SeaWorld’s Orcas in Captivity

SeaWorld animal trainer Dawn Brancheau, the second person killed by Tilikum the orca. Courtesy of Ed Schipul.
Charlotte Ehmann
February 17, 2021

According to Whale and Dolphin Conservation (WDC), an animal protection agency and member of the United Nations Environment Programme, a global climate authority, at least 166 killer whales have been taken into captivity since 1961. America’s SeaWorld theme parks have held dozens of these animals, also known as orcas, and while the company stopped taking more of them into captivity in 1995 and stopped breeding them in 2016, SeaWorld’s three locations currently house twenty orcas. Their years of living under park conditions leave them unlikely to survive a return to the ocean.

In the wild, male orcas can live sixty to seventy years, while females can live to around fifty; some orcas have been documented to live one hundred years. In captivity, females live up to thirty years while males usually live up to twenty years, due to the mental and physical stress they experience. Attractions such as SeaWorld confine these large whales, which can grow up to twenty-six feet long, to relatively small tanks that prevent them from swimming the dozens of miles they can travel each day. 

The company has faced numerous accusations of animal abuse. People for the Ethical Treatment of Animals (PETA) cites the 1965 capture of “Shamu” the orca, separated from her mother, who was harpooned nearby. While there were no laws concerning taking orcas into captivity at this time, PETA believes Shamu’s capture was nonetheless immoral. Shamu died at nine years old of a uterine and bloodstream infection. Kasatka, a female orca taken into captivity at age one, lived in SeaWorld’s restrictive tanks for forty years until her death. She participated in performances up to eight times a day and was transported fourteen times within eight years for breeding purposes. 

The infamous story of Tilikum the whale powerfully exemplifies how destructive captivity can be for animals and their caretakers. According to National Geographic, Tikilum, taken near Iceland in 1983 at age two, went to Sealand of the Pacific, a theme park in British Columbia. Before his infamous outlashes, which led to the death of three people, he was a beloved orca described by a former trainer as “very well behaved” and “eager to please.” However, Tilikum’s trainers also reported that early in his career, he was abused by another whale in his tank whose aggression likely stemmed from starvation. As Tilikum lived in a floating net pen, to prevent his escape at night, he was stored with three other orcas in a 20- by 30-foot steel containers and frequently received serious bite wounds from the other whales.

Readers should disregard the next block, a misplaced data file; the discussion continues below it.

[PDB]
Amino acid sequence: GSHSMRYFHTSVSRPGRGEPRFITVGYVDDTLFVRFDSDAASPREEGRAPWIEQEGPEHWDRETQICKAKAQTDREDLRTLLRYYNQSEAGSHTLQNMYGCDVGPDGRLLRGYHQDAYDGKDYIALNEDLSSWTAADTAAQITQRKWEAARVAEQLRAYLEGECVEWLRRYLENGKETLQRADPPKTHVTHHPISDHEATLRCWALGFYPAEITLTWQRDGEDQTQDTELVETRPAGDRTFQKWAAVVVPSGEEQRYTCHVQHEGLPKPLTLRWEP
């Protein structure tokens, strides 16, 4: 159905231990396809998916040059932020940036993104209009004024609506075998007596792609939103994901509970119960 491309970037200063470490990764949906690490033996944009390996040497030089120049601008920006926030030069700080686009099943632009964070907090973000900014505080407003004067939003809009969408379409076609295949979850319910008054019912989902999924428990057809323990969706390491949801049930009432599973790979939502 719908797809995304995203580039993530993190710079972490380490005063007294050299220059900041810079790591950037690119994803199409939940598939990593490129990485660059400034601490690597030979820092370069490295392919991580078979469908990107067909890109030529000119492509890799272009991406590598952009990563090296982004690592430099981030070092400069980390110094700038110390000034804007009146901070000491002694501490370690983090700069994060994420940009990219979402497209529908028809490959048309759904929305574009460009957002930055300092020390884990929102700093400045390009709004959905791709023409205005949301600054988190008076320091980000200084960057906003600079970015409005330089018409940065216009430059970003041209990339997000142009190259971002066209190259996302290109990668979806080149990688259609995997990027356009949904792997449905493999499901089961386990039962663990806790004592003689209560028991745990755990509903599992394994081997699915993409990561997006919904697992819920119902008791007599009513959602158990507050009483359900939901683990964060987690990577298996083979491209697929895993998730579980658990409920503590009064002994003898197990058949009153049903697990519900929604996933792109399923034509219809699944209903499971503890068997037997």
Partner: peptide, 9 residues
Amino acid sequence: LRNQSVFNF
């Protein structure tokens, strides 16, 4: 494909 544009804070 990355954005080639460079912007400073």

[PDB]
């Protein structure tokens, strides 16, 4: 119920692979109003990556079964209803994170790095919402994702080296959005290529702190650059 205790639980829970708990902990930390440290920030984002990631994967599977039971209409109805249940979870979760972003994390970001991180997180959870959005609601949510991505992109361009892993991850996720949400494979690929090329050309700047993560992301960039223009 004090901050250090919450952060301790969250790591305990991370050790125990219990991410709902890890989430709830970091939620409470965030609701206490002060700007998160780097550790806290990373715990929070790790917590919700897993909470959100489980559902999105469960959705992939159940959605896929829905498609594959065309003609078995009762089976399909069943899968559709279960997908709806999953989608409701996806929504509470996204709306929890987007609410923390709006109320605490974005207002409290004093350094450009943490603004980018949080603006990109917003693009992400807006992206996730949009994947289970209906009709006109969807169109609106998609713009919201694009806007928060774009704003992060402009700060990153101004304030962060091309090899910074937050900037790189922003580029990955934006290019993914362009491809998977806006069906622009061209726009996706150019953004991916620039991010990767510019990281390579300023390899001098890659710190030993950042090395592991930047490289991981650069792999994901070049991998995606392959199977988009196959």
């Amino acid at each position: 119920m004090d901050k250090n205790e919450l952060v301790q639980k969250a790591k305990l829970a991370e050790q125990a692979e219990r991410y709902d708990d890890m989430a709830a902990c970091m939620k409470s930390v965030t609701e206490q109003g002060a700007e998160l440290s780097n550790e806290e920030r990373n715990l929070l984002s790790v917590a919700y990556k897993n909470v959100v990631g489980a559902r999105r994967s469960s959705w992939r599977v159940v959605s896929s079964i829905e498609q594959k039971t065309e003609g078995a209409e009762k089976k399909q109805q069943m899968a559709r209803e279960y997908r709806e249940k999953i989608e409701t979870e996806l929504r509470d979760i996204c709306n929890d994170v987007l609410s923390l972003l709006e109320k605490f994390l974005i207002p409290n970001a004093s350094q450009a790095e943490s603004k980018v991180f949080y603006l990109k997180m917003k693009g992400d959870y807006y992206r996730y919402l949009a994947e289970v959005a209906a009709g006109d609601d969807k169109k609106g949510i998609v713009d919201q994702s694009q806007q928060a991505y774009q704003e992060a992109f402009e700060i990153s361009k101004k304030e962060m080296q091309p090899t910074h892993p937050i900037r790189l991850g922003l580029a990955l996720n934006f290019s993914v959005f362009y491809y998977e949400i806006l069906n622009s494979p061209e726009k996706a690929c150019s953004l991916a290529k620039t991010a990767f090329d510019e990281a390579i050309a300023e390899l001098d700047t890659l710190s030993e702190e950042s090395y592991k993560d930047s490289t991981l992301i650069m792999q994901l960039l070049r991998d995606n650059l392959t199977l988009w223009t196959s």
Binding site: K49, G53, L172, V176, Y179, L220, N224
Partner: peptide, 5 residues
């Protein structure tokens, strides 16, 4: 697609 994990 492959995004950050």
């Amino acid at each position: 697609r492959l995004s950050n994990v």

The effects of Tilikum’s confinement likely led to his increased aggression. In 1991, Tilikum and two other whales drowned part-time trainer Keltie Byrne. When Sealand closed in the aftermath, Tilikum was sold to SeaWorld, and, in 1999, a man who had illegally stayed in the park overnight died in Tilikum’s pool. It is unclear whether or not the man died of drowning or an attack. Later, in 2010, beloved SeaWorld trainer Dawn Brancheau was repeatedly pulled under the surface by Tilikum and drowned. 

Public scrutiny of this tragedy caused many to question the ethics of SeaWorld’s practices. Marine mammal trainer and animal rights activist Ric O’Barry says of captive orcas’ plight, “They’re bored, we literally bore them to death. It’s like you living in the bathroom for your life.” Stories such as Tilikum’s suggest that this boredom may spiral into frustration, depression, anxiety, and, in the words of orca expert Ken Balcomb, “psychotic” behavior. After the 2013 release of Blackfish, a documentary about Tilikum’s life and abuse, the hashtags #FreeTili, #FreeTilikum, and #EndSeaworld flooded social media. Though Tilikum died of a bacterial infection in 2017, his tumultuous life continues to evoke outrage in many who call for the end release of captive orcas and their rehabilitation in seaside sanctuaries. Free-living orcas have never been recorded to kill a human without provocation: captivity seems to prompt the aggression seen with Tilikum.

Today, though SeaWorld no longer breeds orcas, its remaining twenty orcas, along with its many other animals, including dolphins, otters, beluga whales, sharks, penguins, and sea turtles, still face the mental and physical strains of captivity. Debates continue between animal welfare activists, who believe that the captivity of these social, complex animals is unjust, and scientists who emphasize that captivity can provide important opportunities for research. Nevertheless, the freedom of an animal in a tank cannot compare to the freedom of one in the wild with its companions. One way activists suggest improving the circumstances of captive animals is by supporting and visiting the more natural, social atmosphere of seaside sanctuaries rather than marine parks.

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